Those are beautiful Jeannette! Too bad you couldn't get the window too!

crochet lady said...

Those are definitely some wonderful treasures. I have some wonderful old leaded glass windows that were once a part of the house I live in. I set one in the bay window and I get to enjoy the rainbow display it makes on the walls. Do you have anything planned for those pieces?

jeannette stgermain said...

Duta, it's okay, we all have our own tastes and likes:)

jeannette stgermain said...

Carol,
Yes, too bad...but on the other hand, I couldn't have shipped them to the US, because at that time we didn't have the funds for it:)

jeannette stgermain said...

Ah, that must be a pretty (rainbow) sight! I have these 4-inch pieces hanging on the hall (it's a wide hall-opening) - so they're still serving as kind of headers

Dick said...

They are very nice and a good thing to remember your life in the Netherlands.

jeannette stgermain said...

Dick,
Yes, and then to think that at that time I had no clue that we would ever go back to the States for so long LOL
The Hague - probably a very different life lived at Texel! Did you always live in Texel?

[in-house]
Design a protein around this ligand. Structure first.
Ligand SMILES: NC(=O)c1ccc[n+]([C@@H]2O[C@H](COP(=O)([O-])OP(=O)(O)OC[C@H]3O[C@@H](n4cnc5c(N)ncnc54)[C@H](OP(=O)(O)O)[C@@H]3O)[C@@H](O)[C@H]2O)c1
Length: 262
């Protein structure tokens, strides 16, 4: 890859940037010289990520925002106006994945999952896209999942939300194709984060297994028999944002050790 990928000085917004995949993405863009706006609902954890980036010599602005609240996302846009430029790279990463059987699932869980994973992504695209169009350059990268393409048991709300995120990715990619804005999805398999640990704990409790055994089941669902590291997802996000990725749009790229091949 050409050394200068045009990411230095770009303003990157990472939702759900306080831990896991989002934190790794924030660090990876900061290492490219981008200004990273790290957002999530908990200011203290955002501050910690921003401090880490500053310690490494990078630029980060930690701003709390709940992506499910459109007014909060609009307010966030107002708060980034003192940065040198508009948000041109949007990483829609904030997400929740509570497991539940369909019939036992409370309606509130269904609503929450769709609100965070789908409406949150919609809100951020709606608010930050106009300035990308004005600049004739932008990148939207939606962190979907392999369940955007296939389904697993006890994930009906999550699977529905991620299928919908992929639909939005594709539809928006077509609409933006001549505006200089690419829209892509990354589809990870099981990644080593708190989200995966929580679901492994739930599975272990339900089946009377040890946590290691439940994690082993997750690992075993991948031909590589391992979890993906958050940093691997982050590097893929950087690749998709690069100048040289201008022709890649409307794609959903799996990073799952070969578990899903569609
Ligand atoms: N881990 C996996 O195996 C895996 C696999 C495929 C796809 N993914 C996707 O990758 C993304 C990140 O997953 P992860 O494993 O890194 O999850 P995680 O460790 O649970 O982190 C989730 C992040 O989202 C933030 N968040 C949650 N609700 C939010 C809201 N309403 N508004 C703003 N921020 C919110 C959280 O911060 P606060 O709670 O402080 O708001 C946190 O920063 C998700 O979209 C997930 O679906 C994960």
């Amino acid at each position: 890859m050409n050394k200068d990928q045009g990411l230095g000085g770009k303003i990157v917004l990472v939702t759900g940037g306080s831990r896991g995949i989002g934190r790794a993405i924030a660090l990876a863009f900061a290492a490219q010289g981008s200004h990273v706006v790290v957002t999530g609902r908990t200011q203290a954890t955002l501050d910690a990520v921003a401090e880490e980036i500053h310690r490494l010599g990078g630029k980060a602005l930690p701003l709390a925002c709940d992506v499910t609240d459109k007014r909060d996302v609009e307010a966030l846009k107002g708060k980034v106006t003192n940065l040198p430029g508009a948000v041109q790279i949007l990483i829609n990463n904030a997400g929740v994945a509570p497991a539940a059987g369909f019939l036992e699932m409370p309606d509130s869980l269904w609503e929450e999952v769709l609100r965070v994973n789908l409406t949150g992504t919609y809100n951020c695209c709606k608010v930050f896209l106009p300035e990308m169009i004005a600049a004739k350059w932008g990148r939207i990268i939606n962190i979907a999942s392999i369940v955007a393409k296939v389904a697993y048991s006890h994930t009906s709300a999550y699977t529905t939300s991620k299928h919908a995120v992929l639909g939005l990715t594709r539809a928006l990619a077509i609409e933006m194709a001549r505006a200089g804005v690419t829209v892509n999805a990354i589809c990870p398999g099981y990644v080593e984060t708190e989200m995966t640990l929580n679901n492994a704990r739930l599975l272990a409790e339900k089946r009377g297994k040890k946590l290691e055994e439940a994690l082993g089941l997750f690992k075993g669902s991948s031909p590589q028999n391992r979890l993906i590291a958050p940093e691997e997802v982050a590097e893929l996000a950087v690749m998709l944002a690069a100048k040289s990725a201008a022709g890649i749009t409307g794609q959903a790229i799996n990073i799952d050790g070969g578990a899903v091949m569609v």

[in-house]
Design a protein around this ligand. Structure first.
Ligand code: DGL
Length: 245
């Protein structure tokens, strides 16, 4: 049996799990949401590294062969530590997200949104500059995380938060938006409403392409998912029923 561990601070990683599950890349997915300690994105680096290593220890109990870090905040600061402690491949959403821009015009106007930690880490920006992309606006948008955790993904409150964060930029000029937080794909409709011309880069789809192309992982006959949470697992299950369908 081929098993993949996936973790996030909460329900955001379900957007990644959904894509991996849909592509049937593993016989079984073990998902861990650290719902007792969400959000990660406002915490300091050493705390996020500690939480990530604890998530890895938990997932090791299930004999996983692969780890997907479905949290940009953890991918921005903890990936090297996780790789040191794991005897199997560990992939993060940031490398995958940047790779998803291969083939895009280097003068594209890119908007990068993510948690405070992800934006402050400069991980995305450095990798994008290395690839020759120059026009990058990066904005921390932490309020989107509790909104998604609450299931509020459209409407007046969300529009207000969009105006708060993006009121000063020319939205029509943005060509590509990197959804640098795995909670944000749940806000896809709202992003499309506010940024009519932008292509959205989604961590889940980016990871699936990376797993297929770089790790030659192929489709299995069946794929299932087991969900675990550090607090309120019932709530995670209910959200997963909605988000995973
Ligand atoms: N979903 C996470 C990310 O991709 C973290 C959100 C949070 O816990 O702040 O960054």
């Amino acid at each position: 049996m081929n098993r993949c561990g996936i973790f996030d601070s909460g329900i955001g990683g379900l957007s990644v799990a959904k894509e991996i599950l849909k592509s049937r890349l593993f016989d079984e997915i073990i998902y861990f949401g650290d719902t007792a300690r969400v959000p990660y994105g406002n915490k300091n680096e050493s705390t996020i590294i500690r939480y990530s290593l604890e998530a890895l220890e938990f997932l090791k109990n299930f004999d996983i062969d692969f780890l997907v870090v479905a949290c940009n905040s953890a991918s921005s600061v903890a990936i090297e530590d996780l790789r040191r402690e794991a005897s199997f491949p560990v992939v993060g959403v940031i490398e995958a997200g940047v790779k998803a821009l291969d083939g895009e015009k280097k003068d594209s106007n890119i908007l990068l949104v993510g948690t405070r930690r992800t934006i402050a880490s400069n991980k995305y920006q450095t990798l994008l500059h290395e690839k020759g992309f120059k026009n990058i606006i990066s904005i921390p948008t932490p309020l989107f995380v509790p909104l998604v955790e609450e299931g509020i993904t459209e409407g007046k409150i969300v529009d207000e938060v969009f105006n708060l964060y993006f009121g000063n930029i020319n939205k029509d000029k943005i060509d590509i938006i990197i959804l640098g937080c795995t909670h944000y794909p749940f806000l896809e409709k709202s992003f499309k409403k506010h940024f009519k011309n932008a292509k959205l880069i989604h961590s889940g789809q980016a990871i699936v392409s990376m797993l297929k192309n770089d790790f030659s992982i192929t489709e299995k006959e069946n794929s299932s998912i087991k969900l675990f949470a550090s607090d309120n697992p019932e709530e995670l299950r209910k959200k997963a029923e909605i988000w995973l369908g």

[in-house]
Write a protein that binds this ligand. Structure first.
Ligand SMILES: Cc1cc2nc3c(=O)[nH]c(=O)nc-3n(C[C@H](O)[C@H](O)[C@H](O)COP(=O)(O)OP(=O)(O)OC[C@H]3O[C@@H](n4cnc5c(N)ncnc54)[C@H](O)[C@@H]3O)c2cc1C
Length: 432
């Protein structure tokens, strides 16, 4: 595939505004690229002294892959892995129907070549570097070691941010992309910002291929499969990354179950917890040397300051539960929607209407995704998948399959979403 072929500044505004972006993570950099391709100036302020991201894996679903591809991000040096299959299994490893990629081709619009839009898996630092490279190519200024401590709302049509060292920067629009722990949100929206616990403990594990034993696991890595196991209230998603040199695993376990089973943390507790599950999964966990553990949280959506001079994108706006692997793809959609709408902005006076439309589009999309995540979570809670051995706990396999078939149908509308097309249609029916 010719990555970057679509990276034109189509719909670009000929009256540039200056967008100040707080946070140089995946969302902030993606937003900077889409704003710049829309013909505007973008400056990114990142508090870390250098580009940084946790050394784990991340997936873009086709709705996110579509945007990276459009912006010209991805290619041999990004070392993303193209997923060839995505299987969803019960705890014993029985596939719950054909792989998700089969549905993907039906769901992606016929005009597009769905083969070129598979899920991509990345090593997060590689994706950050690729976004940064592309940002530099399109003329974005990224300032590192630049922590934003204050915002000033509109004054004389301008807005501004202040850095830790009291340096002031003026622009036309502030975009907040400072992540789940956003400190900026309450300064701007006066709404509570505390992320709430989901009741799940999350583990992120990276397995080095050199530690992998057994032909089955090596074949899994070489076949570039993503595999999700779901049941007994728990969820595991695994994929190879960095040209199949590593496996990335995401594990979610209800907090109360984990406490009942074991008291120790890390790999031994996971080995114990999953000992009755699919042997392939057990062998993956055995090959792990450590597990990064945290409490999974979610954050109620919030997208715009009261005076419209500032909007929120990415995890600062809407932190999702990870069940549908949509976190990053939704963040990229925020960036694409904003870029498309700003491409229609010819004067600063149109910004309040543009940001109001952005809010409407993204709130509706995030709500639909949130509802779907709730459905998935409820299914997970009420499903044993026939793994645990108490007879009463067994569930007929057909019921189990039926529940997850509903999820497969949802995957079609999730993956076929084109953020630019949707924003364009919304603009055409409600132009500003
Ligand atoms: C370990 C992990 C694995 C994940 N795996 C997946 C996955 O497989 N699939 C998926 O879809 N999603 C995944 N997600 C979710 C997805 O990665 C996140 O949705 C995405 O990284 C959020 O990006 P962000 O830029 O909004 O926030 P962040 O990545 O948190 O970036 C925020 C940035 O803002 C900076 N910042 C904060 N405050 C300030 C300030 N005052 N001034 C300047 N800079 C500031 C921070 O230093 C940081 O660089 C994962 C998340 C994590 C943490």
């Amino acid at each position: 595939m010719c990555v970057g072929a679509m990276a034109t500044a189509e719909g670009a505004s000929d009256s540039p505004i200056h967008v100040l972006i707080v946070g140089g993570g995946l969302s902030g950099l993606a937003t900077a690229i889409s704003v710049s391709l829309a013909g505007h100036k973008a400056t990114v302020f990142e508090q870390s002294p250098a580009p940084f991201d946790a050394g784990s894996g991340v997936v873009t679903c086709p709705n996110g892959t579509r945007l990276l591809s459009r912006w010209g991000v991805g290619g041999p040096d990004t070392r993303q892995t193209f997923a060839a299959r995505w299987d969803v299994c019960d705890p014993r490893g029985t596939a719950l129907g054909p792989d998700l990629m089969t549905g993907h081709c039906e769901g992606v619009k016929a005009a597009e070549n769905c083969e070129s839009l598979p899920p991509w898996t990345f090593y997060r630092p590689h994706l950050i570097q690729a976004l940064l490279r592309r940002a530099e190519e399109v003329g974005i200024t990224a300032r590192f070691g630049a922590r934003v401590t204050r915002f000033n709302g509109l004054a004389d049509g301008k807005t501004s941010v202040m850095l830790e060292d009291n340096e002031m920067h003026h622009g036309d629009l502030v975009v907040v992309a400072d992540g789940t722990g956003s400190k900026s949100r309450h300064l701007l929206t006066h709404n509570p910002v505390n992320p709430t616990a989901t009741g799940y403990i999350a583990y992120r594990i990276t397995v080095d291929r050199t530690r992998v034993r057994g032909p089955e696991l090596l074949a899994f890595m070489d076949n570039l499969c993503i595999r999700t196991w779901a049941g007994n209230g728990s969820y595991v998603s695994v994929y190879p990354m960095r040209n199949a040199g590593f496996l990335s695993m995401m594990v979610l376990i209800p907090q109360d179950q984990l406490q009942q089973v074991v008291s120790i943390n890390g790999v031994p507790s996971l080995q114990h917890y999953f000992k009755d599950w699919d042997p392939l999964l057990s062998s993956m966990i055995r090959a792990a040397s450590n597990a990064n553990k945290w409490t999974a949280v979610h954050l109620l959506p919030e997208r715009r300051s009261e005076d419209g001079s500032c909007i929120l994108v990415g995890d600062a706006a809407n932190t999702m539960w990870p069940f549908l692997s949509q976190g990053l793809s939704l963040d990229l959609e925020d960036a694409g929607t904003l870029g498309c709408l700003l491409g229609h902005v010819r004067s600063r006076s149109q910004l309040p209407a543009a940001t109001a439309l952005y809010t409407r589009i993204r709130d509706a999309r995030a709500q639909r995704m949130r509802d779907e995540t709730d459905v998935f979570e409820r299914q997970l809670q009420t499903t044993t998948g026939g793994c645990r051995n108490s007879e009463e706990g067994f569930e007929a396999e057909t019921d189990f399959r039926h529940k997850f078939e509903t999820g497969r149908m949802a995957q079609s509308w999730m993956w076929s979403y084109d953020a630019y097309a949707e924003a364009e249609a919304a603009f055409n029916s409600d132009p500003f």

Kilauea Poetry said...

Hi Jeannette, you could of simply said that it was important you replace those windows before you left..ha. Seriously, that was a neat story and those headers are beautiful-

jeannette stgermain said...

Kilauea Poetry,
Back then I wasn't as smart yet LOL
Thanks, I think they're beautiful too:)

Sue said...

The heads are wonderful. What have you done with them. Have you mounted them or incorporated them in another piece?

jeannette stgermain said...

Sue,
we mounted them on a wall, which opens up to the hall. Since we know where they originally come from, it would have to be a very special piece to incorporate them in (and probably means: very expensive!). thanks for asking!

Shaista said...

Beautiful head sculptures - are you going to paint a series of faces? xx

jeannette stgermain said...

Shaista,
Thank you, Shaista, well...let me think about it... (I'm saying this, because in my teens that is what I mainly did, and loved it so much that i did not develop in other areas!)